3 lessons learned from a surprise knife attack

Edged weapons and other potentially lethal implements can easily be concealed in cupped hands that may appear innocuous from the front


Editor’s Note:

Editor's Note: We at PoliceOne would like to offer our thanks to Ofcr. Greg Lee of the Metro Nashville Police Training Academy for alerting us to this incident.

Three important lessons about suspect control were driven home for a Nashville officer — with knife slashes to his face, neck, and back. The attack occurred as P.O. II John Timm and his zone partner Ofcr. Mike Hunnicutt of the Metropolitan Nashville PD were attempting to resolve a domestic conflict.

An Hispanic male had tried to pick up his young daughter after school but school authorities would not release her to him because the child’s mother (the man’s ex-girlfriend) was the custodial parent. He took her anyway. Police were alerted and Timm and Hunnicutt detained the subject on a traffic stop a short time later. The child was in the car, apparently unharmed.

“We got the parties out of the car,” Timm told PoliceOne. The mother showed up and “the situation escalated due to the suspect not wanting to give up the child. There was a lot of arguing between the parents in Spanish.”

Timm doesn’t speak Spanish, so the specifics of the exchange were unclear to him. But there was something about the suspect — he’s still not sure just what — that seemed “strange...weird.” He remembers, “My suspicion level was raised—and so was the hair on the back of my neck.”

Hunnicutt was in his patrol car “working on the report,” Timm says. “I suggested that we physically arrest the suspect for not having a driver’s license, since he presented only Mexico ID. It would separate the parties for the night and somewhat quell the domestic situation.” Hunnicutt agreed.

By then, the suspect had returned to his car and was sitting behind the steering wheel with the driver’s door open. After he refused commands to exit, Timm grabbed his left forearm, pulled him out, and spun him around against the car. “He was flailing his arms about, trying to get away from my grasp,” Timm says.

Hunnicutt, trying to help Timm, leg-swept the suspect, and the man went down hard on his back. But Timm, who was gripping him, fell too, landing with his head on the suspect’s chest. “I tried twice to punch him in the face but I didn’t connect,” Timm recalls.

Then, after perhaps five seconds of struggling on the ground, “I felt a weird sensation on the back of my neck,” Timm says. “Blood started to run down my neck and face and splatter onto the suspect.” Timm reached to the back of his neck and felt a warm, gaping wound. He’d been slashed by a weapon he hadn’t known existed.

As “everything went into slow motion,” Timm “disengaged from the fight by crawling off the suspect to one side. The suspect began to scramble to his feet, a 4-in. paring knife now glinting in his right hand.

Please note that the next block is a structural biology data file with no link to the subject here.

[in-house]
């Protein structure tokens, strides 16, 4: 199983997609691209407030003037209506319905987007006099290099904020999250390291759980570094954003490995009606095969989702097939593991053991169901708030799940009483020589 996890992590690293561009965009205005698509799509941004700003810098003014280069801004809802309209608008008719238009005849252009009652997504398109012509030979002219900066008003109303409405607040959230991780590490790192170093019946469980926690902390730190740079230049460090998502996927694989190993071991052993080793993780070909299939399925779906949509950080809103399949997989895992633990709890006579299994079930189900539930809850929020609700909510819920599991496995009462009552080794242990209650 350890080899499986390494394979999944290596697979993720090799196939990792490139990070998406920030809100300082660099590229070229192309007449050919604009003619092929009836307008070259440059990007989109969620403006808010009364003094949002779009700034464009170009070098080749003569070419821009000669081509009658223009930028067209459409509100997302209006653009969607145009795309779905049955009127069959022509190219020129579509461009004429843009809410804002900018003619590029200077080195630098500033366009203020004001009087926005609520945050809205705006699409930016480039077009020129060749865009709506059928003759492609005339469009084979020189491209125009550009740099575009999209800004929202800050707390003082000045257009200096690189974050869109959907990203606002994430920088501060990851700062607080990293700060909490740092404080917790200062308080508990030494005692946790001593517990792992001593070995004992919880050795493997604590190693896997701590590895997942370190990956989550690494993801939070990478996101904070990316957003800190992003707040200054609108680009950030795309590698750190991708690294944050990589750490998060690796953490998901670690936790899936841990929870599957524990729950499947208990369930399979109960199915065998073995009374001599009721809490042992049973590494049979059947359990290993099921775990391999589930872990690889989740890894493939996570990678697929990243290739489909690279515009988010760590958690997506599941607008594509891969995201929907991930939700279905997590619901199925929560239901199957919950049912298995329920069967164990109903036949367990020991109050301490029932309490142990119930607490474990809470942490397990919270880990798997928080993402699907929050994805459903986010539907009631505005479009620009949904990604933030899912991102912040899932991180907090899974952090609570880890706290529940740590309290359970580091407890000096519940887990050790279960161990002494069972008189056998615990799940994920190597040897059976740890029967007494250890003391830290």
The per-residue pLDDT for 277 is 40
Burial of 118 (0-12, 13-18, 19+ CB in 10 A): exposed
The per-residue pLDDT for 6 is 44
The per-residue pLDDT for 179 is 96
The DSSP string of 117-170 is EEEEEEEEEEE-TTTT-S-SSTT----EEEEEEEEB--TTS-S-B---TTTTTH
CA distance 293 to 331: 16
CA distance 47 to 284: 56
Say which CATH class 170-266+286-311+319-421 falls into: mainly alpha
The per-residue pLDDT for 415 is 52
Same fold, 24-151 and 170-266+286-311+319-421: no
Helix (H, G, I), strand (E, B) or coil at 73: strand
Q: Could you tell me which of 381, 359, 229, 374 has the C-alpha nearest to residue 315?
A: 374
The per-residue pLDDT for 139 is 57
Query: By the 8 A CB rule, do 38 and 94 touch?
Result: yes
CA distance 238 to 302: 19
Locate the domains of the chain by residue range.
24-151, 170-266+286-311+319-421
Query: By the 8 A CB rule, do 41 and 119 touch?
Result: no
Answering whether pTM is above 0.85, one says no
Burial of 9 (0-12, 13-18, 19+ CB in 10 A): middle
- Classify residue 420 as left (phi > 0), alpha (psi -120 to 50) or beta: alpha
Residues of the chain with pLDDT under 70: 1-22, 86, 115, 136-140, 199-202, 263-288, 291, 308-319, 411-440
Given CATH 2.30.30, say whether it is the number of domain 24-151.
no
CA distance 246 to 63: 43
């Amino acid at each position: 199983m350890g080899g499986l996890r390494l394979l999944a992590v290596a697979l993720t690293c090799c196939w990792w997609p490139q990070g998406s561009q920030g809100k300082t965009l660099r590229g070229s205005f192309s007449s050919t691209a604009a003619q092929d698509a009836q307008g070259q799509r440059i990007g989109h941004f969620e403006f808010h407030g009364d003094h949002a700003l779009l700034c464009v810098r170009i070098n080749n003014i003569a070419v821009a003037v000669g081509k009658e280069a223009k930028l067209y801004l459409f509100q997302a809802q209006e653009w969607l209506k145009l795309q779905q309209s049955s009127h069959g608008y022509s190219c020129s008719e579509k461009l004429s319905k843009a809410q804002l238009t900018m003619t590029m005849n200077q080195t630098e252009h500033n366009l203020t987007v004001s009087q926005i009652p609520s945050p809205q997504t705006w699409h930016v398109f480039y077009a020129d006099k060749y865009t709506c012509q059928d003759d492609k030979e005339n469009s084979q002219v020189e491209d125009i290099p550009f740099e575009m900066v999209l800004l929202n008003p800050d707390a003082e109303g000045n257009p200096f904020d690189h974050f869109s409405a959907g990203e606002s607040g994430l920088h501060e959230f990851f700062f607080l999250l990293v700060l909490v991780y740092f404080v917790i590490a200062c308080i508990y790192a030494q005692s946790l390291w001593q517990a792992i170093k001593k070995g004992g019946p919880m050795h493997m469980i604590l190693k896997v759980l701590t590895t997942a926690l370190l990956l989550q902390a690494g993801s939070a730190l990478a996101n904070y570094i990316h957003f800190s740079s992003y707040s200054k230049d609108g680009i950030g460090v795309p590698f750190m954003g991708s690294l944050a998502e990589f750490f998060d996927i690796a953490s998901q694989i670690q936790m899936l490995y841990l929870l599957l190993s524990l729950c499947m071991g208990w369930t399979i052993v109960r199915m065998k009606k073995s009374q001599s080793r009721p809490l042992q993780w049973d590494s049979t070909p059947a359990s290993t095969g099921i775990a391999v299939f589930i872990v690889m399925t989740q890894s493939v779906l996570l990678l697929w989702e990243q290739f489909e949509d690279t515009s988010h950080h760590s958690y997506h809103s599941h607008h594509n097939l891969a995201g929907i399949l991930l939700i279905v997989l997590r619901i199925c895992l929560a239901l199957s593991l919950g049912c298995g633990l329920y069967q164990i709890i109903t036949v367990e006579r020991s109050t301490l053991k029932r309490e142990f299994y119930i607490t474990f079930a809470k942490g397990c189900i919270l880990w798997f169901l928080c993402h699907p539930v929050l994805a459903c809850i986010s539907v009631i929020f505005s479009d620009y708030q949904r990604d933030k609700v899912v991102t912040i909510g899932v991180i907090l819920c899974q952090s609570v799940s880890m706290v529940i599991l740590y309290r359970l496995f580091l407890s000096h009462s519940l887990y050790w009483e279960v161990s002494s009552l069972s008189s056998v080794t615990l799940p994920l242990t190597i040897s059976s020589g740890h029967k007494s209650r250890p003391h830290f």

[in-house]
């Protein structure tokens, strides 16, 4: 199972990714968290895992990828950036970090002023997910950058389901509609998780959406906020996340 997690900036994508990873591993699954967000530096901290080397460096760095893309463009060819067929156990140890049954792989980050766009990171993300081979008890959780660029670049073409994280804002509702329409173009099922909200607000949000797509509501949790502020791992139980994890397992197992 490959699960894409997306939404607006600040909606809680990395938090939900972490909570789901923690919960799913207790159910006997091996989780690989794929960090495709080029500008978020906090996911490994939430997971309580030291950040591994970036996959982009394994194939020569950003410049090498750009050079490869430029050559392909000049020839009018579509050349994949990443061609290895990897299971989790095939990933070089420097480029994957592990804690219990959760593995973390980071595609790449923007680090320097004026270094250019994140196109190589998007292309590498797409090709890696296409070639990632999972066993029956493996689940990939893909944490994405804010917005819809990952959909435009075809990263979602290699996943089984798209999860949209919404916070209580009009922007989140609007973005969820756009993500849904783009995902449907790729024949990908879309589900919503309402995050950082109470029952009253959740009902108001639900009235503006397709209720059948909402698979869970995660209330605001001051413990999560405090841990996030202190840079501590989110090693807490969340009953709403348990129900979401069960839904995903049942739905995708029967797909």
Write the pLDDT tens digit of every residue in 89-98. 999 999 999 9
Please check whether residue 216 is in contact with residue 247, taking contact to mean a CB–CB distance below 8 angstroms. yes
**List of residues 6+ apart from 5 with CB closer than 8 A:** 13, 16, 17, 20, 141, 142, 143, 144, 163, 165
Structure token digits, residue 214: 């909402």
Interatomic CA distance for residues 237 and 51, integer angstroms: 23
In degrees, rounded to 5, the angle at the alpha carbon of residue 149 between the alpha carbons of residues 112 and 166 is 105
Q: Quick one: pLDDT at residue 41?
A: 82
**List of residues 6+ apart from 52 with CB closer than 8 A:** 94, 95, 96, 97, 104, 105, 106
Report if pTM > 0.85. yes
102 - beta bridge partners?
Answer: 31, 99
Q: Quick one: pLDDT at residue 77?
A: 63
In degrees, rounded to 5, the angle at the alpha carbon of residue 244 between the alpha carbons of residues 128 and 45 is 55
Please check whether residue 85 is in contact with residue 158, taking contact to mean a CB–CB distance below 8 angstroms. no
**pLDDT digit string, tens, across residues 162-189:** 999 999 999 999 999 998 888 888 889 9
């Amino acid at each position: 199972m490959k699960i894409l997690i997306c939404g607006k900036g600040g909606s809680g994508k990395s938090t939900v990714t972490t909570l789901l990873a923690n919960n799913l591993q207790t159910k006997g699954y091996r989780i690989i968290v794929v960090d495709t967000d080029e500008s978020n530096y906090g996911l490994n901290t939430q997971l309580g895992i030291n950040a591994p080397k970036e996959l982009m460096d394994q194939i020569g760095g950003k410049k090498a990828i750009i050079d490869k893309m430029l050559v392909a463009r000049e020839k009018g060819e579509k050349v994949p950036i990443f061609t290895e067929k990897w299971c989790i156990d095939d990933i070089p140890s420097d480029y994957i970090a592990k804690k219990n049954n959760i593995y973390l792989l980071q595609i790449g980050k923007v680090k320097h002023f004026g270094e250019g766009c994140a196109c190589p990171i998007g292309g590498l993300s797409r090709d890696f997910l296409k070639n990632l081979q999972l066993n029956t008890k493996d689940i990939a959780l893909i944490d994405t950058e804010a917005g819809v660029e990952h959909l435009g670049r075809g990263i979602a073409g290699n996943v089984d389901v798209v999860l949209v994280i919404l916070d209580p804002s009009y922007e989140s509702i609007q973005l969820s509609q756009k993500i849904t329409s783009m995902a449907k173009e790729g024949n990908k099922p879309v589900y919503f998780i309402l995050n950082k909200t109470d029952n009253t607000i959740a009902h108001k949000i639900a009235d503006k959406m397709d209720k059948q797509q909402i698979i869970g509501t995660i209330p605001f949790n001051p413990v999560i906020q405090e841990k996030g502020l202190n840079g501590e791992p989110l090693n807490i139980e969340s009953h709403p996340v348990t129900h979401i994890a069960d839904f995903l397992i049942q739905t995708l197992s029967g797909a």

“Shoot him!” Timm yelled. Hunnicutt drew down and shouted, “Drop the knife!” The suspect didn’t, and the officer fired a round that tore into the attacker’s abdomen.

The suspect survived and has since been sentenced to 10 years in prison for the attack. As he lay on the ground waiting for EMS to arrive at the scene, he pleaded for the officers to shoot him again, Timm says.

Besides the neck slash, which sliced down to mere centimeters from his spine, Timm suffered two cuts to his face and a stab wound below the rear panel of his vest which penetrated almost to his kidney. Some 20 stitches were required to close the wounds.

“I never saw the knife until he used it,” Timm says. “Needless to say, he was very skilled.” Apparently he had the blade cupped and concealed in his right hand when the officer pulled him from the car.

Timm, 31, had served as an army MP and as a jailor before going on street patrol with Metro two and a half years ago. He offers these lessons learned from his close encounter:

1.) Don’t permit a suspect to return freely to a vehicle once he has been out. Weapons can be hidden myriad places inside and quickly accessed. The suspect in this case said in court that he kept the knife in the car for chiseling ice off his windshield. Timm believes it was tucked into a pocket in the driver’s door and that the assailant retrieved it during one of several unescorted returns to the car he made during the squabble with his ex-girlfriend.

2.) Trust your gut. Timm says his “sixth sense” told him there was something hinky about the suspect, but because he couldn’t identify specific danger cues he didn’t follow through by exercising maximum caution when getting him out of the vehicle. He failed, for example, to see and control the suspect’s right hand prior to, during, and after the extraction.

3.) “Watch the hands” is a mantra of officer safety. But an important element of that rule which is not always understood or remembered is “See the palms.” Edged weapons and other potentially lethal implements can easily be concealed in cupped hands that may appear innocuous from the front, just like the knife that Timm didn’t see until after he was wounded.

Timm was off work, recovering for two weeks. Fortunately, he says, “I don’t have any lasting effects except an occasional neck cramp.”

About the author

Charles Remsberg co-founded the original Street Survival Seminar and the Street Survival Newsline, authored three of the best-selling law enforcement training textbooks, and helped produce numerous award-winning training videos. His nearly three decades of work earned him the prestigious O.W. Wilson Award for outstanding contributions to law enforcement and the American Police Hall of Fame Honor Award for distinguished achievement in public service.

Buy Charles Remsberg's latest book, Blood Lessons, which takes you inside more than 20 unforgettable confrontations where officers' lives are on the line.

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